Off the Record

I am a fairly open person. It's both a great strength, and possibly my biggest weakness.

On Thursday the whole work situation exploded again. I was in a routine meeting with my manager (the semi-annual quarterly meeting we are supposed to have), and I expressed my concern over how a situation was handled. I expressed concern over the perceptions it left me with, and how I felt about the situation.

It quickly became apparent that my manager was going to blame my supervisor, for everything. Now, neither of them are great, and usually, blaming my supervisor would not be unreasonable. She's, frankly, a little outclassed.

But probably more than that, she's miserable. With the onset of the new manager last March, things seem to have gone from really bad, to well, worse than really bad. And we all see it. We see the hunted look, and we know who's doing the hunting.

So, after meeting with my manager, when it became quite apparent that my supervisor was going to be blamed, I took my supervisor out for coffee. Left the building. And I told her what happened, what I said, and what I thought was coming. She took a sip of her water, and she started telling me that she knew. She told me she was miserable. And I, truly trying to be compassionate, suggested that maybe she should think about finding a new job. I wasn't implying that she wasn't competent, I wasn't implying that I thought she should leave, but she was and is clearly miserable.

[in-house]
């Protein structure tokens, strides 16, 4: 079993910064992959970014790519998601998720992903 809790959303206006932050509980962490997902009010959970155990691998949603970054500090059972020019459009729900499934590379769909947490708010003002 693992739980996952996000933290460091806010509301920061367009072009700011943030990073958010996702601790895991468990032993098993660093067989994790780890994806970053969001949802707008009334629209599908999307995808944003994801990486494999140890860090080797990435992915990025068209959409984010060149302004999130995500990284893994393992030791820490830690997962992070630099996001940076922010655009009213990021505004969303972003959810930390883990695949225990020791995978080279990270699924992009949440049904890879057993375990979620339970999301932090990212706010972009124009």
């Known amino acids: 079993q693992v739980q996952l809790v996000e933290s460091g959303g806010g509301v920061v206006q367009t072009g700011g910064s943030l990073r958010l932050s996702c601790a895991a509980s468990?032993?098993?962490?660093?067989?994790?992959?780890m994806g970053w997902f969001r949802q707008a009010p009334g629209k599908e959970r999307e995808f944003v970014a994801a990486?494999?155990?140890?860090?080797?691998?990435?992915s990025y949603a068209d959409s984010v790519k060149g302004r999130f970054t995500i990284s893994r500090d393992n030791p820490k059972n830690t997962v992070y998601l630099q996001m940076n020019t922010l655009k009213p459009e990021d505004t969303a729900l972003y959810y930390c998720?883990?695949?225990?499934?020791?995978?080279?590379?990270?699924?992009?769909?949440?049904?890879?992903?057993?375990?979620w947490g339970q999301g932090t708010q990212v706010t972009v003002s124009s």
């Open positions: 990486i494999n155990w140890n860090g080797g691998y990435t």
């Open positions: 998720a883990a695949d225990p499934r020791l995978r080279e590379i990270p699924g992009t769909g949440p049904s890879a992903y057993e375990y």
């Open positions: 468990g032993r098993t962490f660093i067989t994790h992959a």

And somehow, out of all of this, I wound up in a Vice President's office with my manager, accused of:


Yeah, I know. I'm a bit perplexed. Mostly because I truly meant it with compassion.

But more than that, as the VP threatened me with a letter of reprimand, there was shame. I have to confess, I was fired once, long ago, but I've never been reprimanded. And I still don't get it. I could see a charge of manufacturing dissent, of being disrespectful, but insubordination? And a threat of a reprimand without the supervisor or even someone from HR there? And a threat that did not actually materialize? What do I do with all of this?

And this leaves me confused. I was truly trying to be compassionate. And realistic. It's just that I can't reconcile how speaking the truth in this case, could possibly be insubordination.

I sucked it up. It seemed, in that office, looking out over downtown, that this was not the time to suggest the context of the conversation made the comment something less than disrespect, and something more than simply being human.

But here I stand, accused of insubordination, and more than a little confused.